Autumn's Cauldron

Mount Etna is the largest of three active volcanoes in Italy. As an active stratovolcano on the east coast of Sicily, it sits between the cities of Messina and Catania.

On September 27, 2004, eleven travelers from different parts of the world were led by Andrea Ercolani, our guide to explore Mount Etna. Earlier that month, the volcano had become active with lava flowing from a fissure in the Valle del Bove and percolating from the mouth of a new effusive vent.

The initial ascent halfway up via funicular (cable car) deposited us into an otherworldly mist and cold temperature. Walking through dense atmosphere, our collective amazement pushed the physical challenge to climb as the terrain became more rocky and steep. Air quality cleared and warmed at higher elevation.

Etna, which stands at close to 11,000 feet, has slopes with large calderas (cauldron-like hollows). Historically, these formed when magma chambers beneath the surface collapsed inward. The continuous summit degassing, Strombolian eruptions, and basaltic lava flows are what make the visual landscape so attractive and memorable to trekkers. We quickly discovered that rock surrounding the hollows was extremely hard and sharp to the touch. And with one step too close to a lava stream, both heat and sulfuric fumes intensified. One trekker's eyelashes were immediately singed.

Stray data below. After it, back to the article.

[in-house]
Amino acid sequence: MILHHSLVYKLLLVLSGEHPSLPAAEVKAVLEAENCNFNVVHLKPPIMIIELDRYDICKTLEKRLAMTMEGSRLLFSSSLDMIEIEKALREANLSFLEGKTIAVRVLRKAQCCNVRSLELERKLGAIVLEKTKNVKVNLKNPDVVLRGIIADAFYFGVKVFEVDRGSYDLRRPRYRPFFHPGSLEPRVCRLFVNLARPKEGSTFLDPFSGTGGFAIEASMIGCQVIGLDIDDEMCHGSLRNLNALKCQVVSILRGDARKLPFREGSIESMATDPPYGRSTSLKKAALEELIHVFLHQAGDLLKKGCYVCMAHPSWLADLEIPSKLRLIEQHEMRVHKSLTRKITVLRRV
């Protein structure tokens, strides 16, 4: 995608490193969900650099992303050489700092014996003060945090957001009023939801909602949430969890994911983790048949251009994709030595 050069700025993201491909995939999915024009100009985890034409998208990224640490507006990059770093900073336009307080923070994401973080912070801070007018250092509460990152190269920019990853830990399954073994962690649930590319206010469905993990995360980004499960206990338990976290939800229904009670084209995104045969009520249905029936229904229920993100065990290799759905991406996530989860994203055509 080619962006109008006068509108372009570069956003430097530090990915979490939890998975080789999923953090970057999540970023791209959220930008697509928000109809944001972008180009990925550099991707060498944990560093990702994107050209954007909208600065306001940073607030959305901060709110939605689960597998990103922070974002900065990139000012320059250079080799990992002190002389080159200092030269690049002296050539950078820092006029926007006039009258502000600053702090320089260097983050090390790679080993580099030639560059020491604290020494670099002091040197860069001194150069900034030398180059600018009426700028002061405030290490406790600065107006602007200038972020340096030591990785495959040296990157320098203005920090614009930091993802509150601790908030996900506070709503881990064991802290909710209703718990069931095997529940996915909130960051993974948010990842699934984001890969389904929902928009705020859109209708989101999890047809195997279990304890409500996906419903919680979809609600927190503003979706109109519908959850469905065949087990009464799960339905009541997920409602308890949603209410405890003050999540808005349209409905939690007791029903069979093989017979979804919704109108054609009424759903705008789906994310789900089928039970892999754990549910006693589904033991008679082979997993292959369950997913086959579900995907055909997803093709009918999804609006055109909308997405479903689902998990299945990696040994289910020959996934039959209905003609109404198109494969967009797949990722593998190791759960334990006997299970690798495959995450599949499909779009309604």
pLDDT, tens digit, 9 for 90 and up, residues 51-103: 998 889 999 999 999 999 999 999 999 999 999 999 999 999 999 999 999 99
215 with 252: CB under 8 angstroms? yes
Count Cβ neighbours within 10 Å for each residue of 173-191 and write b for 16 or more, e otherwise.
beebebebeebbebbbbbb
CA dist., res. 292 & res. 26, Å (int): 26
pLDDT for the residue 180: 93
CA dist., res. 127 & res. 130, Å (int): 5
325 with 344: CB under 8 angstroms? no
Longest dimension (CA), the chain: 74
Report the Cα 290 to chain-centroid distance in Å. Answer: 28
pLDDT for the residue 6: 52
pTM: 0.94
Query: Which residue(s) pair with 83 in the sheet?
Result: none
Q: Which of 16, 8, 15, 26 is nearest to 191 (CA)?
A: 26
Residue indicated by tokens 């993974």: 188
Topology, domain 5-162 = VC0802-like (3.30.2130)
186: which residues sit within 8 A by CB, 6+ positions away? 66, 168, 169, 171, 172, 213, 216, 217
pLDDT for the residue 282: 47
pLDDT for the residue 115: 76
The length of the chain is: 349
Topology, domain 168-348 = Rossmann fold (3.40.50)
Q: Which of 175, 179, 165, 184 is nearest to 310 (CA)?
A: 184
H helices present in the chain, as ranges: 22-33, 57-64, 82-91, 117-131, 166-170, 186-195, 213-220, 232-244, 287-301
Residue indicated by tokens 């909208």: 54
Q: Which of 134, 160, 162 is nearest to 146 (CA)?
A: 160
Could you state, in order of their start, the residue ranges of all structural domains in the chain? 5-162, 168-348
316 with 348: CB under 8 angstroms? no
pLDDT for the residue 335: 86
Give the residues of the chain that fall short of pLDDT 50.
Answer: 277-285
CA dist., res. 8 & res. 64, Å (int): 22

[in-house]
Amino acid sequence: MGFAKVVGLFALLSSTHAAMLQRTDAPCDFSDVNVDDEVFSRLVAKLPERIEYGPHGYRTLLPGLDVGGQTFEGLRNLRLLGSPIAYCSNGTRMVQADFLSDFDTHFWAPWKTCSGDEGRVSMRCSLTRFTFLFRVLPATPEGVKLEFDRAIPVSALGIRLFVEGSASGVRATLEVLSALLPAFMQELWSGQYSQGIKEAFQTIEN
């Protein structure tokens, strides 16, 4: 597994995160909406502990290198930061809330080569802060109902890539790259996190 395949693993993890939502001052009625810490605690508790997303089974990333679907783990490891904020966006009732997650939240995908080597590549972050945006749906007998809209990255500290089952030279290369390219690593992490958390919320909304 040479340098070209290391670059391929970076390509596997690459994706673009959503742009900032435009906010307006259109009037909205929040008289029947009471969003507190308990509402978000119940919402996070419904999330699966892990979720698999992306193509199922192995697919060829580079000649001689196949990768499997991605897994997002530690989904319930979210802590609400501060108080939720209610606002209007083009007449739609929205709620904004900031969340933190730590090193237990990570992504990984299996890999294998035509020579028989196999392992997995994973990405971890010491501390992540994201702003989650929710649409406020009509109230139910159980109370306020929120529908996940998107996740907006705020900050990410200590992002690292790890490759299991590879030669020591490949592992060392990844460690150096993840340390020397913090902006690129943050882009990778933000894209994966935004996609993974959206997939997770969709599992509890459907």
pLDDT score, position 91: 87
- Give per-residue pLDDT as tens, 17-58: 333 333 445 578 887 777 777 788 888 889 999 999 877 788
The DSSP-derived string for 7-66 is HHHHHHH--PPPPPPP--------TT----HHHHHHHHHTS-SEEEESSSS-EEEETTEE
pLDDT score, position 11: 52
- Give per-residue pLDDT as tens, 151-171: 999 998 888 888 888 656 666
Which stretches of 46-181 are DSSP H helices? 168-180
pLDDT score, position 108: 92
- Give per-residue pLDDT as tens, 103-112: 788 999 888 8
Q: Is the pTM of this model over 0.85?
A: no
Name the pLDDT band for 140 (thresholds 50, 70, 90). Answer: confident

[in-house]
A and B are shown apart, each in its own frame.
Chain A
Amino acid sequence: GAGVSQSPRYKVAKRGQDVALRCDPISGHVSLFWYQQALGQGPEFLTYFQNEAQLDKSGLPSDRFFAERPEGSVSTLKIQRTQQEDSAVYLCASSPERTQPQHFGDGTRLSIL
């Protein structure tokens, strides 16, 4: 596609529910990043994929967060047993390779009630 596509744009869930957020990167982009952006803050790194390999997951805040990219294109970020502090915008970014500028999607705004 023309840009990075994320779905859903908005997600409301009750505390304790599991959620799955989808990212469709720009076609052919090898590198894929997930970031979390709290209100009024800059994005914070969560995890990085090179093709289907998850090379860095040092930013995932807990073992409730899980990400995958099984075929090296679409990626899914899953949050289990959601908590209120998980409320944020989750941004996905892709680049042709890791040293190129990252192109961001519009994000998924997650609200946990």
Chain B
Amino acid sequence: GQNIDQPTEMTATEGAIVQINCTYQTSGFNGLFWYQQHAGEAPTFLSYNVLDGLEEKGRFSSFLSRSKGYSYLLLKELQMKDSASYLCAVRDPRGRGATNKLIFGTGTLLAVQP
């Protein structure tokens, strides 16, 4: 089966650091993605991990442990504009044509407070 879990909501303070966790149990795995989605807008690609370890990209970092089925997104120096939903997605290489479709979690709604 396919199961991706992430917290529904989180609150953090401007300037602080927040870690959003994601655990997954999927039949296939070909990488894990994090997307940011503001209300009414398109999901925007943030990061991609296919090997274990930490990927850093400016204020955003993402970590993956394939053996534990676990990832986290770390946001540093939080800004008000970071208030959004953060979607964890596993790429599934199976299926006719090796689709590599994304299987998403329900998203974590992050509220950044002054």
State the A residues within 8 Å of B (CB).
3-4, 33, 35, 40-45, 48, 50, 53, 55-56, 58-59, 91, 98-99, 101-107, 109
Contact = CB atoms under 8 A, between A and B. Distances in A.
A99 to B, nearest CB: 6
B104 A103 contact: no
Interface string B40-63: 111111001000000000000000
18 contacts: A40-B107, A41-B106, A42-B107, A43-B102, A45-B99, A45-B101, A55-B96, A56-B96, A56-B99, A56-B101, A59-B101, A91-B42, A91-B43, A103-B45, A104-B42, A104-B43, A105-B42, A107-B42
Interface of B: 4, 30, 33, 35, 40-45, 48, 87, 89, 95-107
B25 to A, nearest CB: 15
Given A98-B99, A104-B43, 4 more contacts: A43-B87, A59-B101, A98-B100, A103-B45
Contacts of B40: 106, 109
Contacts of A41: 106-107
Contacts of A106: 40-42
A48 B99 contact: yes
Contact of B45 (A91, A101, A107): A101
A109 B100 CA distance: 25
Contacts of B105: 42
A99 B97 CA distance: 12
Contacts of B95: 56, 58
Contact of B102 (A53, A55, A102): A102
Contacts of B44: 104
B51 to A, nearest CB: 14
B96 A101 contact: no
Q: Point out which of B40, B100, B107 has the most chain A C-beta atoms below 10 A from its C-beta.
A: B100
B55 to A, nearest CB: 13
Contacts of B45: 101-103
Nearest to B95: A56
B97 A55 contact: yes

Our group had been together for the better part of a week celebrating the 40th birthday of a friend who had arranged the tour up Etna. Nighttime fell. Headlamps helped us navigate. We stood together in a row on a ridge overlooking Catania to the east and bonded in appreciation of the experience.

(updated September 27, 2020)

Trekking up Mount Etna, September 2004

Fog begins to clear at higher elevations.

Guide, Andrea Ercolani of Siciltrek, leads the group toward the lava streams.

The lava pools reach temperatures around 2000˚ F and emit a strong sulfuric odor.

Looking out into the twilight sky from Mount Etna.

Eruptions from Mount Etna, September 27, 2004.

Trekkers get a blast of intense heat from a lava stream.